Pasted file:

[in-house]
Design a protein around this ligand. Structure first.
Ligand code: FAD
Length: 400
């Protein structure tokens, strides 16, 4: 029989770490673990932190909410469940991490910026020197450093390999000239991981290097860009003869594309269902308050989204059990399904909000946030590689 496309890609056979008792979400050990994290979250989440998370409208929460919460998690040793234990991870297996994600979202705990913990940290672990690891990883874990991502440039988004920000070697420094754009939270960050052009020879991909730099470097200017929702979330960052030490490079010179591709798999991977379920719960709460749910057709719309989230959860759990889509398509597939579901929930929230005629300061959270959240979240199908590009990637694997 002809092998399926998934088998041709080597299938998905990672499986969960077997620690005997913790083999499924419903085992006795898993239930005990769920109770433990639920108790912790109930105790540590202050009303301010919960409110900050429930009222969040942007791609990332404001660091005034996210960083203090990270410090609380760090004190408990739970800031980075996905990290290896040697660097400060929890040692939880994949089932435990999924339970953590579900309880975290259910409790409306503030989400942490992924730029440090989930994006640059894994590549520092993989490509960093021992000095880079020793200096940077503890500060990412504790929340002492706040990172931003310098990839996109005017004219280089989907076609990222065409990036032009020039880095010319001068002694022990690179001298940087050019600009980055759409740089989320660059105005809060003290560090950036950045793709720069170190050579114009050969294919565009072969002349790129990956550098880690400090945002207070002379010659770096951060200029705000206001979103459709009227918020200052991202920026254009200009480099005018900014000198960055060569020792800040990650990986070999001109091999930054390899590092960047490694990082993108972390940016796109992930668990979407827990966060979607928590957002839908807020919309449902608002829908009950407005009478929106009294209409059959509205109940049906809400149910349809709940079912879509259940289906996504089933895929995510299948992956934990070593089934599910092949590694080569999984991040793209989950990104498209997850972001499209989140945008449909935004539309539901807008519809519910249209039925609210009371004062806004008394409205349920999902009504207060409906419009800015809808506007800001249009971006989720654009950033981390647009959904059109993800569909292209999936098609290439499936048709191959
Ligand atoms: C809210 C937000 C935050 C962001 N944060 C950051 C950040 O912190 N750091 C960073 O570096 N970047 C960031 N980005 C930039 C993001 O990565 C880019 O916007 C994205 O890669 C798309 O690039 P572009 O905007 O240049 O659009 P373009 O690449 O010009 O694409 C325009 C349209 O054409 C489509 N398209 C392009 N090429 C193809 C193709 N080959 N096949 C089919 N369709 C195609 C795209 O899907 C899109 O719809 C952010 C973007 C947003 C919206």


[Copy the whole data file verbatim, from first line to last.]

[in-house]
Design a protein around this ligand. Structure first.
Ligand code: FAD
Length: 400
């Protein structure tokens, strides 16, 4: 029989770490673990932190909410469940991490910026020197450093390999000239991981290097860009003869594309269902308050989204059990399904909000946030590689 496309890609056979008792979400050990994290979250989440998370409208929460919460998690040793234990991870297996994600979202705990913990940290672990690891990883874990991502440039988004920000070697420094754009939270960050052009020879991909730099470097200017929702979330960052030490490079010179591709798999991977379920719960709460749910057709719309989230959860759990889509398509597939579901929930929230005629300061959270959240979240199908590009990637694997 002809092998399926998934088998041709080597299938998905990672499986969960077997620690005997913790083999499924419903085992006795898993239930005990769920109770433990639920108790912790109930105790540590202050009303301010919960409110900050429930009222969040942007791609990332404001660091005034996210960083203090990270410090609380760090004190408990739970800031980075996905990290290896040697660097400060929890040692939880994949089932435990999924339970953590579900309880975290259910409790409306503030989400942490992924730029440090989930994006640059894994590549520092993989490509960093021992000095880079020793200096940077503890500060990412504790929340002492706040990172931003310098990839996109005017004219280089989907076609990222065409990036032009020039880095010319001068002694022990690179001298940087050019600009980055759409740089989320660059105005809060003290560090950036950045793709720069170190050579114009050969294919565009072969002349790129990956550098880690400090945002207070002379010659770096951060200029705000206001979103459709009227918020200052991202920026254009200009480099005018900014000198960055060569020792800040990650990986070999001109091999930054390899590092960047490694990082993108972390940016796109992930668990979407827990966060979607928590957002839908807020919309449902608002829908009950407005009478929106009294209409059959509205109940049906809400149910349809709940079912879509259940289906996504089933895929995510299948992956934990070593089934599910092949590694080569999984991040793209989950990104498209997850972001499209989140945008449909935004539309539901807008519809519910249209039925609210009371004062806004008394409205349920999902009504207060409906419009800015809808506007800001249009971006989720654009950033981390647009959904059109993800569909292209999936098609290439499936048709191959
Ligand atoms: C809210 C937000 C935050 C962001 N944060 C950051 C950040 O912190 N750091 C960073 O570096 N970047 C960031 N980005 C930039 C993001 O990565 C880019 O916007 C994205 O890669 C798309 O690039 P572009 O905007 O240049 O659009 P373009 O690449 O010009 O694409 C325009 C349209 O054409 C489509 N398209 C392009 N090429 C193809 C193709 N080959 N096949 C089919 N369709 C195609 C795209 O899907 C899109 O719809 C952010 C973007 C947003 C919206």